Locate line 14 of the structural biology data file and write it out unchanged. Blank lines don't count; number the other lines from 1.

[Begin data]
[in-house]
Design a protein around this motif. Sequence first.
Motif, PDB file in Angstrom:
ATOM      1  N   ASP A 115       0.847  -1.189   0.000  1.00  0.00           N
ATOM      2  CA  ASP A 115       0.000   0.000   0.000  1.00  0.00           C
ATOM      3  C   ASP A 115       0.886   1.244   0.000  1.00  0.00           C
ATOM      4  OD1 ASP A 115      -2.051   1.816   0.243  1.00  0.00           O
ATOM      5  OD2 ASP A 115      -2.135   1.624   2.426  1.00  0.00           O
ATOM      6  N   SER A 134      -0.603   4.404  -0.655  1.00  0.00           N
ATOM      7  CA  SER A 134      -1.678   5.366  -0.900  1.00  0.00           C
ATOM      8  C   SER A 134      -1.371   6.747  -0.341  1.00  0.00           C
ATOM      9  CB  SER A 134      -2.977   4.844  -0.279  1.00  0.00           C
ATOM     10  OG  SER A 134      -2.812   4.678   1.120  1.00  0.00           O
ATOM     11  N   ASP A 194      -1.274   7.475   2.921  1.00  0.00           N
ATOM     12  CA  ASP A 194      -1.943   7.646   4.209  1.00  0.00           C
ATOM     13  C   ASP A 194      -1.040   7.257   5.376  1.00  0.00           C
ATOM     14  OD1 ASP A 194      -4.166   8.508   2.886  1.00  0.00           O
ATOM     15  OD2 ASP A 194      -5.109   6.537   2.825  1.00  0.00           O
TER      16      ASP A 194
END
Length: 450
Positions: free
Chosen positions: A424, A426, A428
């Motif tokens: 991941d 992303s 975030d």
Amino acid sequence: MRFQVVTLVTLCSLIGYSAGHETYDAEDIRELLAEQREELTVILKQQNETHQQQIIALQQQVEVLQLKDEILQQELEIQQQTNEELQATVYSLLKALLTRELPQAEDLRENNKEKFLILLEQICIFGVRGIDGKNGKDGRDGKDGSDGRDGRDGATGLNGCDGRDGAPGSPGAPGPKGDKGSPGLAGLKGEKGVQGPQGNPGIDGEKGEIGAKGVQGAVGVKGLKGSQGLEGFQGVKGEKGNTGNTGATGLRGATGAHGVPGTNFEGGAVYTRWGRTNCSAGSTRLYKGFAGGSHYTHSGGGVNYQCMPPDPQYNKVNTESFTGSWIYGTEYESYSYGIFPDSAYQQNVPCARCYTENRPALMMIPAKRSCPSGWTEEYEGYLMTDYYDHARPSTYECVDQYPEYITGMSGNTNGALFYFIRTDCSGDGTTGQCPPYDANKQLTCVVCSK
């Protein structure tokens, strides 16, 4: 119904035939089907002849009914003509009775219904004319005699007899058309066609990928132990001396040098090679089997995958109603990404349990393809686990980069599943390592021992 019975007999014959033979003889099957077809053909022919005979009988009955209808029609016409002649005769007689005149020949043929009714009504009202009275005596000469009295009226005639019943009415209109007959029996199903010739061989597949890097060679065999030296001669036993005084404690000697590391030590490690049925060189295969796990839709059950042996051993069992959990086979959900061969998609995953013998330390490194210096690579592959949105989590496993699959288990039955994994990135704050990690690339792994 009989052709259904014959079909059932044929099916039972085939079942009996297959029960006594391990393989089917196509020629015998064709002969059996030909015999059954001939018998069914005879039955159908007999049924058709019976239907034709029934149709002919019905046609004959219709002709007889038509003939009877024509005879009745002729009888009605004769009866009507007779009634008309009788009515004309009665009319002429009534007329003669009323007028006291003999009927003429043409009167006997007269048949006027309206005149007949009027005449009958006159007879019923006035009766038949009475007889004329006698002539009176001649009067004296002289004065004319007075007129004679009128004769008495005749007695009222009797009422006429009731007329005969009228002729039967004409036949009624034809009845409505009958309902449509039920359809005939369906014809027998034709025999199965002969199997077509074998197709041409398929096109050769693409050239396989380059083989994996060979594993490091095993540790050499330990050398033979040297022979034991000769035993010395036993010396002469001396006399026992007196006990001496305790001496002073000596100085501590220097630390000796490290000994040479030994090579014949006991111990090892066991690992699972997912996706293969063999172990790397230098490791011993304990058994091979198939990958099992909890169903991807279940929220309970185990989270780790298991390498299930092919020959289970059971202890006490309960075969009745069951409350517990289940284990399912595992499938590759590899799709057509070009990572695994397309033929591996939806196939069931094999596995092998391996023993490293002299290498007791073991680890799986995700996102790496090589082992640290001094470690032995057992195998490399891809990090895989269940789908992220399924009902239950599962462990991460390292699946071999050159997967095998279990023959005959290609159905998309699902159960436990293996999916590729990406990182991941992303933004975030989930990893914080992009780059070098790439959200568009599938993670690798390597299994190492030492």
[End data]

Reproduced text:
ATOM     11  N   ASP A 194      -1.274   7.475   2.921  1.00  0.00           N